Sudan’s Last Jews: We Prayed for This Day
“This conflict has nothing to do with us. Normalization with Israel will bring us a lot of benefits.”
“There is no true love of Zionism here, and local interests are the name of the game.” As such, Israelis are now welcome to bring their knowledge, technology and money to a destitute Sudan.
Thus reported an independent Israeli journalist who traveled to Sudan on a foreign passport just week’s after Khartoum officially made peace with the Jewish state.
While not a particularly prominent or feared foe of the Jewish state, Sudan was nevertheless at the heart of the Israeli-Arab conflict after it played host to the infamous 1967 Arab League summit that concluded with a resolution declaring “No peace with Israel, no recognition of Israel, no negotiations with Israel.” But after 30 years of being blacklisted and sanctioned as a state sponsor of terrorism (including terrorism against Israel), Sudan is finally backing down and viewing normalization with Israel in a different light.
One of the most surprising examples of this phenomenon as reported by Israeli journalist Ziv Genesove is the restoration of Khartoum’s Jewish cemetery.
There never was a very large Jewish community in Khartoum, but it was there, as attested to by the cemetery filled with Hebrew-engraved headstones. But in the wake of the Israeli-Arab wars, hostility toward not only the Jewish state, but the Jews as a whole increased exponentially, as it did across the Middle East. Most of Khartoum’s 1,000 Jews fled the country, and their cemetery became something of a trash dump.
But to his surprise, and that of his Israeli audience, Genesove witnessed local Sudanese cleaning up and restoring the Jewish cemetery in a clear gesture toward the Jewish state following last month’s historic rapprochement.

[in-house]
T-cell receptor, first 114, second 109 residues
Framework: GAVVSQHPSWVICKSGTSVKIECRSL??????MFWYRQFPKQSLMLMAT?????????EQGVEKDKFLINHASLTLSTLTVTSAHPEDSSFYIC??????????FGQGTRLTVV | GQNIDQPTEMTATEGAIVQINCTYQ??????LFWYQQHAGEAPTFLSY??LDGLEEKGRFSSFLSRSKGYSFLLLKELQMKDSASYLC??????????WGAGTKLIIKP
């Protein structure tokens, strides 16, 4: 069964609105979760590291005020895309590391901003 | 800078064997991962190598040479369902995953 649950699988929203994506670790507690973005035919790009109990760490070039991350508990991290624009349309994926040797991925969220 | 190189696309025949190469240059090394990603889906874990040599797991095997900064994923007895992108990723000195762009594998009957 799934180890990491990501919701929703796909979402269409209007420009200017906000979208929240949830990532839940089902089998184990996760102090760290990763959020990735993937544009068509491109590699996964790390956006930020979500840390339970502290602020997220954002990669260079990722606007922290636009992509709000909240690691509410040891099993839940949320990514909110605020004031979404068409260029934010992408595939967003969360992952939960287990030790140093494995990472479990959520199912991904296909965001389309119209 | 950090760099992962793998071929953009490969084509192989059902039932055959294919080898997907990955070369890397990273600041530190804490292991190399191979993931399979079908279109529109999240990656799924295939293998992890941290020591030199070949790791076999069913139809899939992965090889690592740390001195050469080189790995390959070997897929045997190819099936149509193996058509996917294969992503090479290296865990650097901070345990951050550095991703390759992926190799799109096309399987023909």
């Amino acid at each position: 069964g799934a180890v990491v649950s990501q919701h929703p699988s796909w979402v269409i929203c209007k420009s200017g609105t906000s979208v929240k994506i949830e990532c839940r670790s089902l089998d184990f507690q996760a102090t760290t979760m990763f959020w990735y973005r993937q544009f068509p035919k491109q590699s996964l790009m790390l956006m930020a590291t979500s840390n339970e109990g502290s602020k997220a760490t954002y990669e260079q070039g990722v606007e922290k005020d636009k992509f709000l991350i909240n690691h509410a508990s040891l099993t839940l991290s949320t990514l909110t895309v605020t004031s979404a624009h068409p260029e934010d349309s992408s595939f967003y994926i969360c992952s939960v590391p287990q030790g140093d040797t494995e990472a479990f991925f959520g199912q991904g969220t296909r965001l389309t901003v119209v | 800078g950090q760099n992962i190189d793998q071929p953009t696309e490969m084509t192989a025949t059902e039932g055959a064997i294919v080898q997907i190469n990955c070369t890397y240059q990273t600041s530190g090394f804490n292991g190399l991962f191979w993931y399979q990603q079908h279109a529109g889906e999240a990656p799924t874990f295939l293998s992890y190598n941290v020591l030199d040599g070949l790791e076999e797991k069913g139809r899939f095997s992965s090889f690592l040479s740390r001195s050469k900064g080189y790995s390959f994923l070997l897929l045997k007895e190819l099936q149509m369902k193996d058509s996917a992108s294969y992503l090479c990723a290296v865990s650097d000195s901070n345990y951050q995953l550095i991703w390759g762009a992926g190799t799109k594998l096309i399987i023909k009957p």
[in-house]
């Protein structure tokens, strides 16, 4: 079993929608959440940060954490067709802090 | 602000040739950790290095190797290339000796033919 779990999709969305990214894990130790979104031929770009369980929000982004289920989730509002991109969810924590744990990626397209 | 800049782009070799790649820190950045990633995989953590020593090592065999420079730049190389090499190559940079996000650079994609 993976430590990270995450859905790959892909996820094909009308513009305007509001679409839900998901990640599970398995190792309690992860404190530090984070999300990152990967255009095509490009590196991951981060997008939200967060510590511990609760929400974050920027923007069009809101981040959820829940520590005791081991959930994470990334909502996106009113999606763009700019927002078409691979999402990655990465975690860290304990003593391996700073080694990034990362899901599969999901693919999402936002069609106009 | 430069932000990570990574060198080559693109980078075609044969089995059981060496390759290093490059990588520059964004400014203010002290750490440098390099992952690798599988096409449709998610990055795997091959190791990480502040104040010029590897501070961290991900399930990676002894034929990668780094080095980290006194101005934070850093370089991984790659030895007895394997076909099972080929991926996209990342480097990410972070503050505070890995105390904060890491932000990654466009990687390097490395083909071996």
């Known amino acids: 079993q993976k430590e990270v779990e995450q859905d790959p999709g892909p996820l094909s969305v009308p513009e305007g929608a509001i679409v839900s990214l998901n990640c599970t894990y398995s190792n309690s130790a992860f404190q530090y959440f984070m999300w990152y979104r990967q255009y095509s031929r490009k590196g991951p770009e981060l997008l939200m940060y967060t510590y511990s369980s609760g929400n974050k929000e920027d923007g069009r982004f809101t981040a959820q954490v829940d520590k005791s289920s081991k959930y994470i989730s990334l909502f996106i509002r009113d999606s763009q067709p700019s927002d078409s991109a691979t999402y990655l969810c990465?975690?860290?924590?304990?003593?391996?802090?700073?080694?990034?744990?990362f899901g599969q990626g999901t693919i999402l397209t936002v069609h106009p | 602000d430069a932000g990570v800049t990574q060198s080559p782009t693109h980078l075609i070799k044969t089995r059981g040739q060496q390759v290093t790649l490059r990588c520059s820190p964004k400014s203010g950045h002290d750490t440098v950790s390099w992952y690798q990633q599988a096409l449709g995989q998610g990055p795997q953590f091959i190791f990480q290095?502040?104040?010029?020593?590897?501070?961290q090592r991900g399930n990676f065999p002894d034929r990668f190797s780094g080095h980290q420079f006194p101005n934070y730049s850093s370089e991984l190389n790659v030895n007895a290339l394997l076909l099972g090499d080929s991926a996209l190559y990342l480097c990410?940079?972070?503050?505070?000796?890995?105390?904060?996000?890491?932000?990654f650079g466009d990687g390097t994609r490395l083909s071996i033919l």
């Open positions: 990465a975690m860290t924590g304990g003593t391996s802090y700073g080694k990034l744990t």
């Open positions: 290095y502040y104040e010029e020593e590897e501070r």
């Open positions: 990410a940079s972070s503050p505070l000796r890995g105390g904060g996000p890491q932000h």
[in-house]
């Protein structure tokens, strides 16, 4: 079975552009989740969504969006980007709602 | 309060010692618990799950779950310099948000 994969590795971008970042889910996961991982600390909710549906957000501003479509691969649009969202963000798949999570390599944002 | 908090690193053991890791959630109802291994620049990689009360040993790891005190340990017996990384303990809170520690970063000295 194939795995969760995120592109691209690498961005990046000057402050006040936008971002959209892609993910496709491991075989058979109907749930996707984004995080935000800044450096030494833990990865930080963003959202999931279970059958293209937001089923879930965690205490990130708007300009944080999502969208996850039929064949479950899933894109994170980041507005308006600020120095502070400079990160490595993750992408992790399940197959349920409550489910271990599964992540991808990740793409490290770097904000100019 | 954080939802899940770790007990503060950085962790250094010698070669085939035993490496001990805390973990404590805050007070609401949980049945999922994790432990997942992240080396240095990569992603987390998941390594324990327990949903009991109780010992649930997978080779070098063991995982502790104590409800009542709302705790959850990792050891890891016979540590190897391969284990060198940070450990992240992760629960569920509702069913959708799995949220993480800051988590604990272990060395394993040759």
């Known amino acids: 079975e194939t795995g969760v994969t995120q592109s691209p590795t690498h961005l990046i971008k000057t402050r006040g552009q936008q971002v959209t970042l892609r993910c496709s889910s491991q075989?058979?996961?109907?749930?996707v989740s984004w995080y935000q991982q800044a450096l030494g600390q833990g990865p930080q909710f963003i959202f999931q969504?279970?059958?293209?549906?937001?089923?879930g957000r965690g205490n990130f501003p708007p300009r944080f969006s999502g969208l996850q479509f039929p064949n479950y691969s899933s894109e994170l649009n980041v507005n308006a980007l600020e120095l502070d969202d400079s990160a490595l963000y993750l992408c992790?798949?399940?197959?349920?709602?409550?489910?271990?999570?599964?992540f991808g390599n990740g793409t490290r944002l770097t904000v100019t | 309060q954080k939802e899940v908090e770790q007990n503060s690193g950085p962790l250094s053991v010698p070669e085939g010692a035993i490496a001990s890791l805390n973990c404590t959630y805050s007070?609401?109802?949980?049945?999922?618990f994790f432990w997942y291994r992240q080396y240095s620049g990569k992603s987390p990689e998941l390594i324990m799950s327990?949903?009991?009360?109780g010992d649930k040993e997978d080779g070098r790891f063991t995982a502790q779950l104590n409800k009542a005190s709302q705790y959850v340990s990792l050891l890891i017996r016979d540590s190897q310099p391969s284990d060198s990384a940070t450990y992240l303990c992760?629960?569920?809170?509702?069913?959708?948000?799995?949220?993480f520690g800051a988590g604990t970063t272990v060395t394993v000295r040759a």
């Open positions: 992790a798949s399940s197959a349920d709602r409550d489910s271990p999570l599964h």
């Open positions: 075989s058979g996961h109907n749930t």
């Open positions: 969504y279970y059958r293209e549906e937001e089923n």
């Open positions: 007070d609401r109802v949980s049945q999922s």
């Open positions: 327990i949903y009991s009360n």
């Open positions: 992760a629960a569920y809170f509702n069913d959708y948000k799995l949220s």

The few remaining Sudanese of Jewish descent likewise feel they no longer need to conceal their true identity, and can even openly praise Israel.
Two young Sudanese men, Mustafa Muhammad David Israel Rahamim and Mansour Ischak Israel, told Genesove that as children “everywhere we looked Israel was portrayed as the enemy. Our childhood was very difficult, because if anyone even heard the name Israel (which both men bear) they would become very upset.” Both men said they had faced discrimination and even torture because of their Jewish background. “There was no religious freedom in Sudan,” stressed Ischak.
But that is now all suddenly changing, and both young men are excited by what the future might hold.
Genesove asked local Sudanese what they thought of the newfound peace with Israel, and a great many responded that they had no problem with it. “The Palestinians have relations with Israel. The Saudis and Emirates have relations with Israel. So why shouldn’t we have relations with Israel?” noted Muhammad Abd a-Rahim. “I don’t understand the problem. This hostility is the problem of past generations. It has nothing to do with us. Normalization with Israel will bring us a lot of benefits.”